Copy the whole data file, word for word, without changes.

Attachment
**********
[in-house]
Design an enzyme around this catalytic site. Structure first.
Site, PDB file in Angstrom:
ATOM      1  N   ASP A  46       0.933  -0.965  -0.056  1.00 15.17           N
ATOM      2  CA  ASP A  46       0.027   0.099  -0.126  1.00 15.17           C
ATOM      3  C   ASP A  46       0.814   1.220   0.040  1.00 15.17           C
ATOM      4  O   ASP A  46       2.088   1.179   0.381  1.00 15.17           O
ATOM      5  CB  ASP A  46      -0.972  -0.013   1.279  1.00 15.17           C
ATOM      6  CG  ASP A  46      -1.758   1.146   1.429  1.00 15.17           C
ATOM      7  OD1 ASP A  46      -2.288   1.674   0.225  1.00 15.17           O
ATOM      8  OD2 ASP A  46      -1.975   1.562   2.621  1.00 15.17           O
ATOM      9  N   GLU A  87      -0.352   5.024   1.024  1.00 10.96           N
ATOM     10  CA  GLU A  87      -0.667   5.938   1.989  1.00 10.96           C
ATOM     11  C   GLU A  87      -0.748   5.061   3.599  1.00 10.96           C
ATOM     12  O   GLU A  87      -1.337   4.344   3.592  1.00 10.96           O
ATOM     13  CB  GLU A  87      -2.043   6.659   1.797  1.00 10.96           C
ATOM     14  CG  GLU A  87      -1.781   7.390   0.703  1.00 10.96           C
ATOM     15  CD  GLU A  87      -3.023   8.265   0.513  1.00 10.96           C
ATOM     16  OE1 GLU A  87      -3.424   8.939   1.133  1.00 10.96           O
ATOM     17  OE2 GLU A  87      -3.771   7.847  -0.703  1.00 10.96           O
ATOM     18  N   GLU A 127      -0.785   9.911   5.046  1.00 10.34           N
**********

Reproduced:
[in-house]
Design an enzyme around this catalytic site. Structure first.
Site, PDB file in Angstrom:
ATOM      1  N   ASP A  46       0.933  -0.965  -0.056  1.00 15.17           N
ATOM      2  CA  ASP A  46       0.027   0.099  -0.126  1.00 15.17           C
ATOM      3  C   ASP A  46       0.814   1.220   0.040  1.00 15.17           C
ATOM      4  O   ASP A  46       2.088   1.179   0.381  1.00 15.17           O
ATOM      5  CB  ASP A  46      -0.972  -0.013   1.279  1.00 15.17           C
ATOM      6  CG  ASP A  46      -1.758   1.146   1.429  1.00 15.17           C
ATOM      7  OD1 ASP A  46      -2.288   1.674   0.225  1.00 15.17           O
ATOM      8  OD2 ASP A  46      -1.975   1.562   2.621  1.00 15.17           O
ATOM      9  N   GLU A  87      -0.352   5.024   1.024  1.00 10.96           N
ATOM     10  CA  GLU A  87      -0.667   5.938   1.989  1.00 10.96           C
ATOM     11  C   GLU A  87      -0.748   5.061   3.599  1.00 10.96           C
ATOM     12  O   GLU A  87      -1.337   4.344   3.592  1.00 10.96           O
ATOM     13  CB  GLU A  87      -2.043   6.659   1.797  1.00 10.96           C
ATOM     14  CG  GLU A  87      -1.781   7.390   0.703  1.00 10.96           C
ATOM     15  CD  GLU A  87      -3.023   8.265   0.513  1.00 10.96           C
ATOM     16  OE1 GLU A  87      -3.424   8.939   1.133  1.00 10.96           O
ATOM     17  OE2 GLU A  87      -3.771   7.847  -0.703  1.00 10.96           O
ATOM     18  N   GLU A 127      -0.785   9.911   5.046  1.00 10.34           N